Three Books on a Theme: Hades and Persephone

Greek mythology has always had a place in our modern canon. Classical education often included examination of Greek and Roman history and myths, and that has bled through into our own study of world literature. I’ve been reading translated versions of the actual stories since I could read compound sentences, and people have been twisting and retelling those stories much longer. 

One of the myths that’s seen a bit of a bump recently is the story of Hades and Persephone. The people who have been exploring the pair have taken a different lens than many of us were taught—mostly that Hades isn’t an all-bad kidnapper holding the spring goddess hostage for half the year. Instead, they’ve explored the potential personalities of such a pair, and dropped us into different versions of the story. I still haven't read Katee Robert's Neon Gods, opens a new window, which is the beginning of a whole series called Dark Olympus, but these are all standout examples of how to play with the idea. 

Lore Olympus

Originating as a webcomic (and continuing to be so), this graphic novel series tells us about an Olympus in neon colors. Persephone’s world is very pink, while Hades’ is blue. When Aphrodite is insulted by Hades’ glorifying (well, for him) over Persephone’s beauty, she has her son do something bad. And when Hades finds an unconscious Persephone in the back of his car (yes, there are cars and phones in this version of the story), he keeps her safe through the night. Since this is only the beginning of their story, volume 1 only hints at the lasting relationship the two could potentially have.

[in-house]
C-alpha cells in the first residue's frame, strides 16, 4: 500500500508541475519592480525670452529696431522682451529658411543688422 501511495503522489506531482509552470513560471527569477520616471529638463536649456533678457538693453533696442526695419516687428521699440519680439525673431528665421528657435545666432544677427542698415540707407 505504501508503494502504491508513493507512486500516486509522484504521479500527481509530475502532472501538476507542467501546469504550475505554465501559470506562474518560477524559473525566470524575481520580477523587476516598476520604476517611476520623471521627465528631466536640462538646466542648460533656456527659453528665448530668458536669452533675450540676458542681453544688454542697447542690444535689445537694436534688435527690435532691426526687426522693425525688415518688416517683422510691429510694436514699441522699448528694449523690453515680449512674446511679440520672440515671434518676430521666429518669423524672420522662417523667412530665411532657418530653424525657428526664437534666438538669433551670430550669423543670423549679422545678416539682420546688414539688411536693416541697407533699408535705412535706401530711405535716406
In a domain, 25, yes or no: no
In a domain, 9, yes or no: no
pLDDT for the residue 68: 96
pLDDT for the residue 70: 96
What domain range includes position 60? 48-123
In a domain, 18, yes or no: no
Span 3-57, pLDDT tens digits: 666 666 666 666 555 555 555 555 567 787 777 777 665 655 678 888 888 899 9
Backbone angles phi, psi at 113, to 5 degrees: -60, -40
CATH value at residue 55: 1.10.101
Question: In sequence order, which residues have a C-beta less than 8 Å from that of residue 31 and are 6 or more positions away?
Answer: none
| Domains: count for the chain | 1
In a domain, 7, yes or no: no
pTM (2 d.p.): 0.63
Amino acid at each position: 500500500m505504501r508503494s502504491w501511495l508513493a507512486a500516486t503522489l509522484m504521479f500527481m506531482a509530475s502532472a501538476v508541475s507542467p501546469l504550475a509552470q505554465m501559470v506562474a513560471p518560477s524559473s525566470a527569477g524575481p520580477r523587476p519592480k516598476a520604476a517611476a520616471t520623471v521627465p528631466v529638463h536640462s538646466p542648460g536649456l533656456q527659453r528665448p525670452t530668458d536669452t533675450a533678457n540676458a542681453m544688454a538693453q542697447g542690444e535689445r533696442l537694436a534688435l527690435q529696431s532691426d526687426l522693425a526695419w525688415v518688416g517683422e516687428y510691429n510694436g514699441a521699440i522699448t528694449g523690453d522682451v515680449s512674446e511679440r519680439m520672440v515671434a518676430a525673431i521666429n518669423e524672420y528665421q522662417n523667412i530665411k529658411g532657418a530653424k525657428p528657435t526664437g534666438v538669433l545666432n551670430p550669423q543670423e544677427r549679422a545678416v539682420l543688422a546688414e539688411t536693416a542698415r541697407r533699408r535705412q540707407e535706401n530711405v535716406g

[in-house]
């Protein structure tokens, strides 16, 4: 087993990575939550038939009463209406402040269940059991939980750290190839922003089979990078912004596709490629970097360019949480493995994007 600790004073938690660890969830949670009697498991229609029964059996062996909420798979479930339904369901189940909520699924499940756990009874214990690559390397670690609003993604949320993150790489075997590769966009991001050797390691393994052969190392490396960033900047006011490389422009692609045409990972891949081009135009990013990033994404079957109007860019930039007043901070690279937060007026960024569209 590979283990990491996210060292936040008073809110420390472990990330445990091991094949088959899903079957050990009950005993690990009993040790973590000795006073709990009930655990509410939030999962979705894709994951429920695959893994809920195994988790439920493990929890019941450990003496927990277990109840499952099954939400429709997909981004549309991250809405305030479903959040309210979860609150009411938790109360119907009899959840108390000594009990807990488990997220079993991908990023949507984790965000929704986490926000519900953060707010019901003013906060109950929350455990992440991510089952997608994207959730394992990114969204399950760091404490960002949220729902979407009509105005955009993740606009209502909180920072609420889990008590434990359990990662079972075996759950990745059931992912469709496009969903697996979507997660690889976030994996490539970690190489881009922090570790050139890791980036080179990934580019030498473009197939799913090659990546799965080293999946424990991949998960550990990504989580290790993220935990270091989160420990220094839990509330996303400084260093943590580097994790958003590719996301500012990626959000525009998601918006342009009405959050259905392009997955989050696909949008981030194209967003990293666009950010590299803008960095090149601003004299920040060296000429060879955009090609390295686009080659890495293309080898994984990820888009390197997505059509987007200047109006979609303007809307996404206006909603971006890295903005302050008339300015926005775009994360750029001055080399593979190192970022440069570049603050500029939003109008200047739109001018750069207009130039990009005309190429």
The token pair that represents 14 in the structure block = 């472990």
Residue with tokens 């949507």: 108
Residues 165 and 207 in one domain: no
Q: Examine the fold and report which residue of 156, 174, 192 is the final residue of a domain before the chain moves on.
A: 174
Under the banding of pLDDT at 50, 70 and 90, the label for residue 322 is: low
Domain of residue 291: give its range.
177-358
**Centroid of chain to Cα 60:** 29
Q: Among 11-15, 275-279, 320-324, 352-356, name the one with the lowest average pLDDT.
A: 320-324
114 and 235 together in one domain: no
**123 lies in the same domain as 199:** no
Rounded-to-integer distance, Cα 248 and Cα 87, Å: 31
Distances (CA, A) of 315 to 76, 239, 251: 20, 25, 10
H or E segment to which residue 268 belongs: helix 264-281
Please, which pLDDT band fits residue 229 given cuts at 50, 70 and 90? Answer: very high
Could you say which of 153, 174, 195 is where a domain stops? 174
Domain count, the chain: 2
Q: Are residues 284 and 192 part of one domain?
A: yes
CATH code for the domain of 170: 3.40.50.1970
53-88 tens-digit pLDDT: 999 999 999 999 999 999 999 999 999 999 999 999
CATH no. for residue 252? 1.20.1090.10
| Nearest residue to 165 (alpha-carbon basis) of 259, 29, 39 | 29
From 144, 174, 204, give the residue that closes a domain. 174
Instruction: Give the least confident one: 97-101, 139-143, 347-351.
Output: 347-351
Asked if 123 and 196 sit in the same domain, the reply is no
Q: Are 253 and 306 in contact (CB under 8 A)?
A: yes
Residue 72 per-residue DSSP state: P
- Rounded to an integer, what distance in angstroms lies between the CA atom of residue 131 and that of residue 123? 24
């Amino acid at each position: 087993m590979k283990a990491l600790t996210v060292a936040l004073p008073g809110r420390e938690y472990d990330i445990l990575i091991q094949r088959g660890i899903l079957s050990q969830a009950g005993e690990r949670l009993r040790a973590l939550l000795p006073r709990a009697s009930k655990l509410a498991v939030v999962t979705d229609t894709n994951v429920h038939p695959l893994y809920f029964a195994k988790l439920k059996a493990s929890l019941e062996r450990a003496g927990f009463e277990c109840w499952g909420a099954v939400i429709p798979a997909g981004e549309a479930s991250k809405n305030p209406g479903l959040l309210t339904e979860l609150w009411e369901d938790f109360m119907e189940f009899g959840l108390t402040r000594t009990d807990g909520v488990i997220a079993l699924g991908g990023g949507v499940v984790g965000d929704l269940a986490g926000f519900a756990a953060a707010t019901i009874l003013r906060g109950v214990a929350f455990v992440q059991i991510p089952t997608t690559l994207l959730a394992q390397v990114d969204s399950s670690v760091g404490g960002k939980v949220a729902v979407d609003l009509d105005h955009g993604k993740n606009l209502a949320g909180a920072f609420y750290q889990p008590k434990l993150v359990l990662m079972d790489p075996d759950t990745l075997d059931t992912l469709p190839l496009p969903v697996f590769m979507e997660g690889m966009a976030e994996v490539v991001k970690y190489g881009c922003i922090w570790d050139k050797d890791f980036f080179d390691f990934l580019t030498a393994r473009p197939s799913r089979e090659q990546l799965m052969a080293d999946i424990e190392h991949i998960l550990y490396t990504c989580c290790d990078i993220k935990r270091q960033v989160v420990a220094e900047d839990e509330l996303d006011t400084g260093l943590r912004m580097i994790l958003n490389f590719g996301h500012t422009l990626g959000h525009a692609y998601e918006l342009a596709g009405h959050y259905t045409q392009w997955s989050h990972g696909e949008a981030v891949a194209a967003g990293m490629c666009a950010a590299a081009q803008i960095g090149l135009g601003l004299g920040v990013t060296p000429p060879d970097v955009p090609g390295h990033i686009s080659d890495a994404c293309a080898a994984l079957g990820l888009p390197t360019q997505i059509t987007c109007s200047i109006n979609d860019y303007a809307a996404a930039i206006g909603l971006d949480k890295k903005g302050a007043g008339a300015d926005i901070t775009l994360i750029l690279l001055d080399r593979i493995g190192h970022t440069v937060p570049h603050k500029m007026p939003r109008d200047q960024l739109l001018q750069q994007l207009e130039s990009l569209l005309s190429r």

Punderworld Vol. 1

Similarly originating as a webcomic, Punderworld takes a more classic and classical look at the pair. Told heavily from Persephone’s point of view, we follow her through a bit of coming of age, and having a crush on the tall and broody fellow who’s come to visit her mother for ambrosia. We get a lot more of her relationship with her mother, and the limitations of living as a minor goddess. And this one is also ongoing, so you won’t get a full story here, either.

Drag Me Up

Can I say “and now for something completely different” without the threat of legal action? Because while this is another look into the story of Hades and Persephone, this is not the familiar magical world of the Olympian gods. This is a brand new world created by RM Virtues that involves a different kind of underworld, and a woman who is a goddess on aerial silks but has no particular magical powers to speak of. These two have immediate chemistry when they meet, but have a lot to get through before they can have a lasting, complete relationship. This one is a romance novel, so you’ll get their complete story in this one volume. 

I love a good retelling. While my earliest days of reading them were mostly Pride and Prejudice based thanks to Bridget Jones’s Diary, I will wander into any book that is giving us a new story in a new way. I’m glad Hades and Persephone are making their way into the fold.